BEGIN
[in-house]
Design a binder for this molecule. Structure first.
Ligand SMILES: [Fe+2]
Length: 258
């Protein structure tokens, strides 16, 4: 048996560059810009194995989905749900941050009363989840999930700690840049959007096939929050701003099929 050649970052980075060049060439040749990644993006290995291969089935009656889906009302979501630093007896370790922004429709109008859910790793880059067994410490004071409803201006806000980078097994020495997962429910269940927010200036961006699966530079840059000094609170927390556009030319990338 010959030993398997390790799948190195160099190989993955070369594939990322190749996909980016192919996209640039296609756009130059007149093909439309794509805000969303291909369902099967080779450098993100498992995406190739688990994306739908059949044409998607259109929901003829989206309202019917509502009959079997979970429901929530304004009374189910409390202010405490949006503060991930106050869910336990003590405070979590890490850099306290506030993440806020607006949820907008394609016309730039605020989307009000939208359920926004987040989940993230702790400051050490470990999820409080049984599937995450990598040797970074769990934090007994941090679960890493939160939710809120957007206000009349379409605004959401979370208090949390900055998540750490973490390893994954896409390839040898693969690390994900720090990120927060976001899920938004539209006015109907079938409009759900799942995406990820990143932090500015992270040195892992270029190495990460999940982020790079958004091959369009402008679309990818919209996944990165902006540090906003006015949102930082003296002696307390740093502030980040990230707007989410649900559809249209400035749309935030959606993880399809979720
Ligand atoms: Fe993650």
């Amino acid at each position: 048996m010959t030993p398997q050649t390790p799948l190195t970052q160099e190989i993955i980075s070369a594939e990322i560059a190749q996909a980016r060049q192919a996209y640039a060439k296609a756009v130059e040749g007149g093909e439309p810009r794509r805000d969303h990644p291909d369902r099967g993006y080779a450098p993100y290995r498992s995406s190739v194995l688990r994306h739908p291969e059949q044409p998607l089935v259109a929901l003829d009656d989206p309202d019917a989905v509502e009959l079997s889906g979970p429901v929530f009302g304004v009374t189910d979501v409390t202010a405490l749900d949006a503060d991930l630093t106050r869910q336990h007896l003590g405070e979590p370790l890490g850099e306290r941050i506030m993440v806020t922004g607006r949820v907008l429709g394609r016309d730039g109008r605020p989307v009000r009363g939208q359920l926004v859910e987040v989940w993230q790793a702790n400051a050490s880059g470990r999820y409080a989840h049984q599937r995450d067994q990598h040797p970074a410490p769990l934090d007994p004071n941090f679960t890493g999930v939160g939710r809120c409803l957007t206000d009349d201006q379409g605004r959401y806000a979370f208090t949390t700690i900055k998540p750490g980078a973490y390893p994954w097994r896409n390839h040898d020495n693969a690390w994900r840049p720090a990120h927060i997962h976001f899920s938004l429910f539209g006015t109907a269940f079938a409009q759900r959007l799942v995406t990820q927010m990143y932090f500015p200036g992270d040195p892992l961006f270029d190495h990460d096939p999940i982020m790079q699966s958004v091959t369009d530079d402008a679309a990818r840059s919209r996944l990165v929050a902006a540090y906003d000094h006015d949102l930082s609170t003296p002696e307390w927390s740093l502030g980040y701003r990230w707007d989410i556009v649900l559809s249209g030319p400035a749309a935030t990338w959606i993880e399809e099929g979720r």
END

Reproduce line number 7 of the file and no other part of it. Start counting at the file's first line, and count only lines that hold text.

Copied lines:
């Amino acid at each position: 048996m010959t030993p398997q050649t390790p799948l190195t970052q160099e190989i993955i980075s070369a594939e990322i560059a190749q996909a980016r060049q192919a996209y640039a060439k296609a756009v130059e040749g007149g093909e439309p810009r794509r805000d969303h990644p291909d369902r099967g993006y080779a450098p993100y290995r498992s995406s190739v194995l688990r994306h739908p291969e059949q044409p998607l089935v259109a929901l003829d009656d989206p309202d019917a989905v509502e009959l079997s889906g979970p429901v929530f009302g304004v009374t189910d979501v409390t202010a405490l749900d949006a503060d991930l630093t106050r869910q336990h007896l003590g405070e979590p370790l890490g850099e306290r941050i506030m993440v806020t922004g607006r949820v907008l429709g394609r016309d730039g109008r605020p989307v009000r009363g939208q359920l926004v859910e987040v989940w993230q790793a702790n400051a050490s880059g470990r999820y409080a989840h049984q599937r995450d067994q990598h040797p970074a410490p769990l934090d007994p004071n941090f679960t890493g999930v939160g939710r809120c409803l957007t206000d009349d201006q379409g605004r959401y806000a979370f208090t949390t700690i900055k998540p750490g980078a973490y390893p994954w097994r896409n390839h040898d020495n693969a690390w994900r840049p720090a990120h927060i997962h976001f899920s938004l429910f539209g006015t109907a269940f079938a409009q759900r959007l799942v995406t990820q927010m990143y932090f500015p200036g992270d040195p892992l961006f270029d190495h990460d096939p999940i982020m790079q699966s958004v091959t369009d530079d402008a679309a990818r840059s919209r996944l990165v929050a902006a540090y906003d000094h006015d949102l930082s609170t003296p002696e307390w927390s740093l502030g980040y701003r990230w707007d989410i556009v649900l559809s249209g030319p400035a749309a935030t990338w959606i993880e399809e099929g979720r």